Inc. in declared: “LinkedIn Reveals the Schools Desired by Top Companies” which led me to the original study by Withmydegree who stated they “Using LinkedIn, we took a look at the hiring trends for alumni from top colleges to learn more. ” Only their results reveal something entirely else. Yes many significant companies hire from top schools. In this graphic, the vast majority companies hire more than 50% of their workforce from not the top 100:

    Facebook is an exception, hiring 50% from the top 10 colleges. Facebook has 13,598 employees as of March 31, 2016. USing linked in myself I determined that 1300 current employees came from the US News top 10. This works bout to about 10%. Hardly the 55% the chart shows. In fairness, the article does state new grads. My basic linked in account does not allow for that differentiation. Facebook had almost 12,000 employees as of 9/15/15. This suggest they hired about 1600 people this past year. The chart suggests 900 came from the top 11 schools (we have a tie in number 10). Zuck’s own “strategy” on hiring gives little insight: “So the Facebook CEO said that his team looks for people whose values align with the company’s. ”Facebook is not a company for everyone in the world,” he said.” Director of Product Design, Julia Zhou says:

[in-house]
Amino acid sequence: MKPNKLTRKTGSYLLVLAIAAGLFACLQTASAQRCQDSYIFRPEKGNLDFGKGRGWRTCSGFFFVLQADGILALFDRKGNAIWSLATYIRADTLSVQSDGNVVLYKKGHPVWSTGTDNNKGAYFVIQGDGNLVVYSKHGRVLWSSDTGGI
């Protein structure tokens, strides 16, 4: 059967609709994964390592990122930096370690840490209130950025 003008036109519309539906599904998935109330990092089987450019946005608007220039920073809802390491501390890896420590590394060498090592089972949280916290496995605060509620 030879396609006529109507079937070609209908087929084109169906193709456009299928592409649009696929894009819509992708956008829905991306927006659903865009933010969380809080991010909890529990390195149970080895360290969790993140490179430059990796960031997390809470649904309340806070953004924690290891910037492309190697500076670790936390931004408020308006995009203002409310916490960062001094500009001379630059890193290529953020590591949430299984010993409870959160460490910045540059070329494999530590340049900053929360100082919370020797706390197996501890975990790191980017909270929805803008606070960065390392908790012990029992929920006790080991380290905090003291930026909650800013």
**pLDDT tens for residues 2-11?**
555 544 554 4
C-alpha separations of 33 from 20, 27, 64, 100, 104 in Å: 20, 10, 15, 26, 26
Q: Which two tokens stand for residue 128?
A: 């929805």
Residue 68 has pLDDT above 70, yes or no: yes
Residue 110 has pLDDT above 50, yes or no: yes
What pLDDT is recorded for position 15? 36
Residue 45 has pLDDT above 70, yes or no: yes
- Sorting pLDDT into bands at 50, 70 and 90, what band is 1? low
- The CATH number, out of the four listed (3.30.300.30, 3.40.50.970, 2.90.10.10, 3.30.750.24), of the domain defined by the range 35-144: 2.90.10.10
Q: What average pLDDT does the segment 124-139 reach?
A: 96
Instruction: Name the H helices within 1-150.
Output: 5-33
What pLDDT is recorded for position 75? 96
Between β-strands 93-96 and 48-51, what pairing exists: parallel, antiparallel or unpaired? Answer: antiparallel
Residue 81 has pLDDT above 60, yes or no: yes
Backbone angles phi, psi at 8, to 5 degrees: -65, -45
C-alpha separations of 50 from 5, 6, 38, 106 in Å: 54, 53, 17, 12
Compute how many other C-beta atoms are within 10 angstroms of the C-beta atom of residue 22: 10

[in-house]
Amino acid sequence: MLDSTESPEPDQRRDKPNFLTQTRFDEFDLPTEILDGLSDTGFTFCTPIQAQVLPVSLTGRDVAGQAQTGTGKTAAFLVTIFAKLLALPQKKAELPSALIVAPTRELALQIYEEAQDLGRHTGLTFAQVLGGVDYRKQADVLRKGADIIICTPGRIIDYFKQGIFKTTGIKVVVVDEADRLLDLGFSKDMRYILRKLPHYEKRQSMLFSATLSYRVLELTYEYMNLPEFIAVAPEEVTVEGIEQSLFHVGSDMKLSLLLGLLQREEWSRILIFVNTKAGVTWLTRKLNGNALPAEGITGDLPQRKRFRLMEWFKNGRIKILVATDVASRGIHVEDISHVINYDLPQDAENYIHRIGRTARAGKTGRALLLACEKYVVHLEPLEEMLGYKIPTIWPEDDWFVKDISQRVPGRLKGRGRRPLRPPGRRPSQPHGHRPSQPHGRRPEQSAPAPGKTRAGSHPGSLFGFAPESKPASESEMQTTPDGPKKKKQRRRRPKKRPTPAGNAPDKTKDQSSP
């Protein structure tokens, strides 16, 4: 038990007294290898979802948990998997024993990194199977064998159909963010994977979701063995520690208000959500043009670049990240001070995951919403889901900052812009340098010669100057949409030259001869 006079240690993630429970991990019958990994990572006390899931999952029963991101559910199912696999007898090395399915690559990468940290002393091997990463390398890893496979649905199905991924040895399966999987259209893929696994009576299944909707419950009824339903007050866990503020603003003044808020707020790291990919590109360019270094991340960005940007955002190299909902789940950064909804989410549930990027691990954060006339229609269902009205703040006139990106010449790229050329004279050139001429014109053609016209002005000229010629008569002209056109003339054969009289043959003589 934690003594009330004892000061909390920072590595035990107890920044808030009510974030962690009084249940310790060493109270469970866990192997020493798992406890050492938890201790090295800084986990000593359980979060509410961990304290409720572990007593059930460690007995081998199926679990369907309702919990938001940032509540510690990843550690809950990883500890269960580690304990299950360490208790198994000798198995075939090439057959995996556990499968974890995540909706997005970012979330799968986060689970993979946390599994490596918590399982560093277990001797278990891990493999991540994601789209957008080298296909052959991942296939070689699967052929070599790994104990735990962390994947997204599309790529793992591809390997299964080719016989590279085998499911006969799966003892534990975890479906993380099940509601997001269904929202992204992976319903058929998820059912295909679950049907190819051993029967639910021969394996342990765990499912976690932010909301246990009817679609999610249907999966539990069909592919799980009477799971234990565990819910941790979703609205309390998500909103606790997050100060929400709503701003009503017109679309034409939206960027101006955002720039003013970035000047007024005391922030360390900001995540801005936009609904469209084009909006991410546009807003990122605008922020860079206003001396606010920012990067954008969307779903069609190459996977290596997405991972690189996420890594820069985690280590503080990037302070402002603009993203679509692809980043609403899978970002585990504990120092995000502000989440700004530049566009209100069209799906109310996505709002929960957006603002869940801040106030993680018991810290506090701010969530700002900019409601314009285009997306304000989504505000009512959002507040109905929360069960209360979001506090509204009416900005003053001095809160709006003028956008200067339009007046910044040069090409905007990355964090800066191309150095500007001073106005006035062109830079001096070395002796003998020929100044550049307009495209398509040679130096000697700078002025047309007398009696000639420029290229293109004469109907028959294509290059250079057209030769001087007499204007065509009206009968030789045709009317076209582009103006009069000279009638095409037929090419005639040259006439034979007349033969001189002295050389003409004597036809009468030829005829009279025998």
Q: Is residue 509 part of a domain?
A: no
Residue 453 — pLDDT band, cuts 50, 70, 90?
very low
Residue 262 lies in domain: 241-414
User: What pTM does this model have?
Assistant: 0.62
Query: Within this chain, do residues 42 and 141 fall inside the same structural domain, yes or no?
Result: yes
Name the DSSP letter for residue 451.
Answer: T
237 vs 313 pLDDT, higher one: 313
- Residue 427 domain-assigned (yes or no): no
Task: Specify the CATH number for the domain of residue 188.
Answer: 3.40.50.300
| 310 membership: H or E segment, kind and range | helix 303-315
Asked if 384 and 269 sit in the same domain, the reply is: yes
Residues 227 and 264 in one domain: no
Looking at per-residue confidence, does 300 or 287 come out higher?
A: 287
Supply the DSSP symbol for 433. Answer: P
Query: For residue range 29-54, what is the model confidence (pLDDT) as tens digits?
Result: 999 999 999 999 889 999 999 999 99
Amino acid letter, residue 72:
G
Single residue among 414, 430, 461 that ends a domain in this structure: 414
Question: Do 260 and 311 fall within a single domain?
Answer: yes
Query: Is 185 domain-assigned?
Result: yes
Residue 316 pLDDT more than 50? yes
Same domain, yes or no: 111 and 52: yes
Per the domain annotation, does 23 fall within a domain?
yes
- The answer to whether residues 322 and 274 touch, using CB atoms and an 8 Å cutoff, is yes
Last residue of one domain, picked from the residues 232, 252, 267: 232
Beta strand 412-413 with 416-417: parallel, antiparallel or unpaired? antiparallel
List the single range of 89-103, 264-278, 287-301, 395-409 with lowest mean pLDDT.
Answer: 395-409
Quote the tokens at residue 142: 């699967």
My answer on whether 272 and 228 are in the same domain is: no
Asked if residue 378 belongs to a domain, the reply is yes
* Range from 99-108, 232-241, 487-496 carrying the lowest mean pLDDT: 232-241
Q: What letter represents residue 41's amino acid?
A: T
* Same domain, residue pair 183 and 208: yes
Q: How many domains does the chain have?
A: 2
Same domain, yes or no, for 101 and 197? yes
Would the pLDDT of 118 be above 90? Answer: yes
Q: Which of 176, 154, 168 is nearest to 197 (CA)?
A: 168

Sometimes, designers without traditional training possess an ingenuity that you don’t usually see. We’re really just looking for people who have that element of extreme pro-activity. Even if they did go to a great school, they should have experience stretching themselves on projects both inside and outside of the classroom. Great candidates take the initiative to experiment, design and build on their own.

     

    How much is your major worth?